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The American Romanian Cultural Society



June 5th 2021

Community civic engagement and social entrepreneurship panel:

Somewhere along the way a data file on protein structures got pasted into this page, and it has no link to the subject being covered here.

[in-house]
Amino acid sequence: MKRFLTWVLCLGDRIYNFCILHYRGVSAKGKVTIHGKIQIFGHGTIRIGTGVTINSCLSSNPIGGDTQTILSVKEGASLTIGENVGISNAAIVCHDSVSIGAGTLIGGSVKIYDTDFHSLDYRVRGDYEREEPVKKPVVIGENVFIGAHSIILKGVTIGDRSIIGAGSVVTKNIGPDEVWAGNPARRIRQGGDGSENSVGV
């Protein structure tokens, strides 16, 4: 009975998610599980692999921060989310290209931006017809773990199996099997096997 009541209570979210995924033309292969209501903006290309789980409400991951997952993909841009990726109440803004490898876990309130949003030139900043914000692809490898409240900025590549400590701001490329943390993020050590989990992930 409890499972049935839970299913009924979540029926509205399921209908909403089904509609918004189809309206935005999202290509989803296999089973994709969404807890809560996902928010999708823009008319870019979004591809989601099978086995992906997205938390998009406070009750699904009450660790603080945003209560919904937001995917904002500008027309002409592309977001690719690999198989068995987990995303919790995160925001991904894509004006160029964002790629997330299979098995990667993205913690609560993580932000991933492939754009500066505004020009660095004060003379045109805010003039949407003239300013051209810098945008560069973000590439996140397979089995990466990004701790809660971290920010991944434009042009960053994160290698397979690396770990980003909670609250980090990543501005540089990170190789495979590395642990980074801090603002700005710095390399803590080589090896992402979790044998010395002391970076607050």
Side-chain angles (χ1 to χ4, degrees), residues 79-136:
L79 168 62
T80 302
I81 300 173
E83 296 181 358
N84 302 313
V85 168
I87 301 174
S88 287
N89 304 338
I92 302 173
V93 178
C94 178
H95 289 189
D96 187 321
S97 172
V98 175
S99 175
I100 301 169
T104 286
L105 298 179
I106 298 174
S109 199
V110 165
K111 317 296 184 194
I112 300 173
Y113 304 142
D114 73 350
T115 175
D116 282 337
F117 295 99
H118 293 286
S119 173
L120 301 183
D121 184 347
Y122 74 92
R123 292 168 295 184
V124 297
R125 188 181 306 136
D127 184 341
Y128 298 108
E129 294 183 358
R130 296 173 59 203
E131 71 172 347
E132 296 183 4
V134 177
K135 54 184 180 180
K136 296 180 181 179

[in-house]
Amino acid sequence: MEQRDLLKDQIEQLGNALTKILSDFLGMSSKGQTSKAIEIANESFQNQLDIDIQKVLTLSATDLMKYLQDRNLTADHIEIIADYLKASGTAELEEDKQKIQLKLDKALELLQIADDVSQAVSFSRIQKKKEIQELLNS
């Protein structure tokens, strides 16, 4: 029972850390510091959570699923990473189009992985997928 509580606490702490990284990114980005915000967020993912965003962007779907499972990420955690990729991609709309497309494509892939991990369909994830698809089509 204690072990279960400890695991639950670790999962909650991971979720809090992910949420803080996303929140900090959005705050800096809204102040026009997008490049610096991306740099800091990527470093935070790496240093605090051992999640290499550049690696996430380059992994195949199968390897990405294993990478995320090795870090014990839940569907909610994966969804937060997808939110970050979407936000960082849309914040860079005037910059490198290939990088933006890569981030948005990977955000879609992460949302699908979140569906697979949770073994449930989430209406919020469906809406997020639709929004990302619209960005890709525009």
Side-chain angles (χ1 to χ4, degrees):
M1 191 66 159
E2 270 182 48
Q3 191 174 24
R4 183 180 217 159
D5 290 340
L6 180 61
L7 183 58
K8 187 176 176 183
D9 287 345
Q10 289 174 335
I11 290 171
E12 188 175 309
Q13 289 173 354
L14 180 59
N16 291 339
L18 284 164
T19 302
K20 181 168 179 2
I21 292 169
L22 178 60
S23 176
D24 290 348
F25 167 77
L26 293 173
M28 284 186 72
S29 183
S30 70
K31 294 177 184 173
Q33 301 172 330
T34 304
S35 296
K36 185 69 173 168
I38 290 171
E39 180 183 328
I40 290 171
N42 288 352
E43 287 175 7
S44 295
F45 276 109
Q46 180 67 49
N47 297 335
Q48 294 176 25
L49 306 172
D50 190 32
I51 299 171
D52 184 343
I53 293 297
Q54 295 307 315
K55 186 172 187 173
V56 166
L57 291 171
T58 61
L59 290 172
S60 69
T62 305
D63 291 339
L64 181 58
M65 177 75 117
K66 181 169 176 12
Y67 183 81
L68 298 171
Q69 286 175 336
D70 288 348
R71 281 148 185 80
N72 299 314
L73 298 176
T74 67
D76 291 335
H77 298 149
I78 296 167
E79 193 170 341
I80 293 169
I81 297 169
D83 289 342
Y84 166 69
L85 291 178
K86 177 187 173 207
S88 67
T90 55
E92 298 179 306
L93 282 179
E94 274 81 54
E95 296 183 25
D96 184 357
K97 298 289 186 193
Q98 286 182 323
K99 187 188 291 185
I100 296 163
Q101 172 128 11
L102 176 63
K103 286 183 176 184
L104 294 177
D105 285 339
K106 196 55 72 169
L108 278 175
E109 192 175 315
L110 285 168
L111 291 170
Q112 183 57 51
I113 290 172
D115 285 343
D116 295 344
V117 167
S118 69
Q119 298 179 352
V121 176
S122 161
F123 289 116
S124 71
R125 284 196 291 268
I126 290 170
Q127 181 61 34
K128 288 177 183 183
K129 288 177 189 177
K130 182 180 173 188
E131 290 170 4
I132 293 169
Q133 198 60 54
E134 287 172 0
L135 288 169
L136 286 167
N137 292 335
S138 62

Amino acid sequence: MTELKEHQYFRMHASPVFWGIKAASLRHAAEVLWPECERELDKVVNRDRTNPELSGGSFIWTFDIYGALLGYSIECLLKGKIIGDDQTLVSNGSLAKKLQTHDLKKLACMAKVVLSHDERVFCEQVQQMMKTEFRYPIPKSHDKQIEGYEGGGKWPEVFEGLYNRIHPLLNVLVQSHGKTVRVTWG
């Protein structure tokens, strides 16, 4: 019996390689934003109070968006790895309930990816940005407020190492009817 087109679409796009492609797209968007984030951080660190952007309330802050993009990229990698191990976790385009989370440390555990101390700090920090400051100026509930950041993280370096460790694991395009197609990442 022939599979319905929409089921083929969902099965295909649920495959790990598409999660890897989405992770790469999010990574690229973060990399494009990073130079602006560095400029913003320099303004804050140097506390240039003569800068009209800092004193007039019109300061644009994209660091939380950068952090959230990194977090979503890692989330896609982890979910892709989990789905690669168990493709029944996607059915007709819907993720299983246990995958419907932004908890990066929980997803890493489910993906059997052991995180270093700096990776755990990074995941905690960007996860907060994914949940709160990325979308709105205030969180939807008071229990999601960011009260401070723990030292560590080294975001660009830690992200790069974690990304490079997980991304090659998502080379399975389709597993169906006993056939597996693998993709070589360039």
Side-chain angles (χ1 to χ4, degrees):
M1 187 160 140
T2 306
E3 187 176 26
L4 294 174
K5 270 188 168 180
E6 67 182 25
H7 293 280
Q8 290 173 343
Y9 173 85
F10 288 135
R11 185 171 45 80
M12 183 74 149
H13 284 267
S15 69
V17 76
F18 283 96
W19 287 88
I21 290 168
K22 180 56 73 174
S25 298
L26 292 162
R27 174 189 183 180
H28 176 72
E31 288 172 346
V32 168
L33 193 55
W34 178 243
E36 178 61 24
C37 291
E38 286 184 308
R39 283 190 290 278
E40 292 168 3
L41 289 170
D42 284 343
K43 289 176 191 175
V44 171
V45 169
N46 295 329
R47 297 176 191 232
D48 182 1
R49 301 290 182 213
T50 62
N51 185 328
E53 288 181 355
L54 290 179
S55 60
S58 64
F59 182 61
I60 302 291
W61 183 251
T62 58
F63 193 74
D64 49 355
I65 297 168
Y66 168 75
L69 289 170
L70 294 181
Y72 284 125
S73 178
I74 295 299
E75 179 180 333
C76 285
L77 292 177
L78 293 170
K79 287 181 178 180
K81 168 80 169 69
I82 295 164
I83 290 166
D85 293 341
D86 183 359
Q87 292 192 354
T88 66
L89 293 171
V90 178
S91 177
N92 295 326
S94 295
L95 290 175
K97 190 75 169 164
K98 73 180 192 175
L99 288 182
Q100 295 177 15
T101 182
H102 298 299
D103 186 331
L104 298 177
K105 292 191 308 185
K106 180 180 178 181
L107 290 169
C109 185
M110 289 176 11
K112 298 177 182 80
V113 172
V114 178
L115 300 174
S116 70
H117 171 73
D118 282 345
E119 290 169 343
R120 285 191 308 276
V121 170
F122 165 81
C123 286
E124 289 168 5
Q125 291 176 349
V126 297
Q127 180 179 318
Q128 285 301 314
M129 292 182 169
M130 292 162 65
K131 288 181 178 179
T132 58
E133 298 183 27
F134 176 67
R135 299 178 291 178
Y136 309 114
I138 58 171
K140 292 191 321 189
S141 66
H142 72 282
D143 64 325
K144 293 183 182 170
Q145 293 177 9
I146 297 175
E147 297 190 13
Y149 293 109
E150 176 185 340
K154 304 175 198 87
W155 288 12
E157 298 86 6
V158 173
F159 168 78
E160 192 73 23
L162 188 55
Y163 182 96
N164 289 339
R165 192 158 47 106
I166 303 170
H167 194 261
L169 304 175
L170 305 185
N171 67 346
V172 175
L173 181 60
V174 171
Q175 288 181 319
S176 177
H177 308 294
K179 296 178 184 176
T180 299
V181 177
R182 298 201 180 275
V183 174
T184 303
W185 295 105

The fourth presenter within the panel on community civic engagement and social entrepreneurship was the Executive Director and Co-Founder of The American Romanian Cultural Society (ARCS in Seattle) Professor Otilia Baraboi. Established eight years ago, to address the need to promote language and cultural programs in the growing diaspora hub of Seattle, the organization follows the mode of the French Alliance and seeks to find partners to extend a network of such entities. ARCS currently works with a handful of diaspora organizations, including the IRF, in establishing such a network complementary to their work (FORA). ARCS was featured in the 2020 IRF Annual Conference with their project of excellence in promoting heritage language education and Mrs. Baraboi led a round-table panel discussion during the 2020 IRF conference on the very topic of developing a curriculum that specifically caters to the needs of second-generation Romanian Americans. Over the summer a handful of organizations throughout the US supported ARCS’ spearheaded efforts to have a nationwide Romanian language completion among heritage speakers, an effort supported financially by several organizations, including the IRF. One of the biggest coups of the organization was to obtain state support and recognition for its language courses. They received an OSPI grant for the teaching of Romanian, Russian and Spanish Heritage Languages, a cross-cultural program under the Evergreen School-District with the collaboration of the World Affairs Council, the Ethnic Heritage Council amongst others. ARCS is dynamic in seeking to expand their advocacy through strategic partnerships and outreach sending representatives to Los Angeles, trying to create synergies with other larger diaspora hubs on the west coast. The community-based organization is possibly best known for its commendable Romanian Film Fest-Seattle, the eighth annual edition of the festival taking place virtually, accessible to all throughout the United States. The support of partners in various diaspora hubs placed the festival on a truly national stage in its outreach. Their heritage language program was also shifted to virtual classes opening the possibility for participants in other states. It resulted in a tripling of participants, a volume that ensures the sustainability of these courses and a reversal of the dwindling demand experienced at a local level. Understanding the special needs of heritage speakers is at the core of what ARCS does in their varied collaborations at a local and national, regional, and national level.

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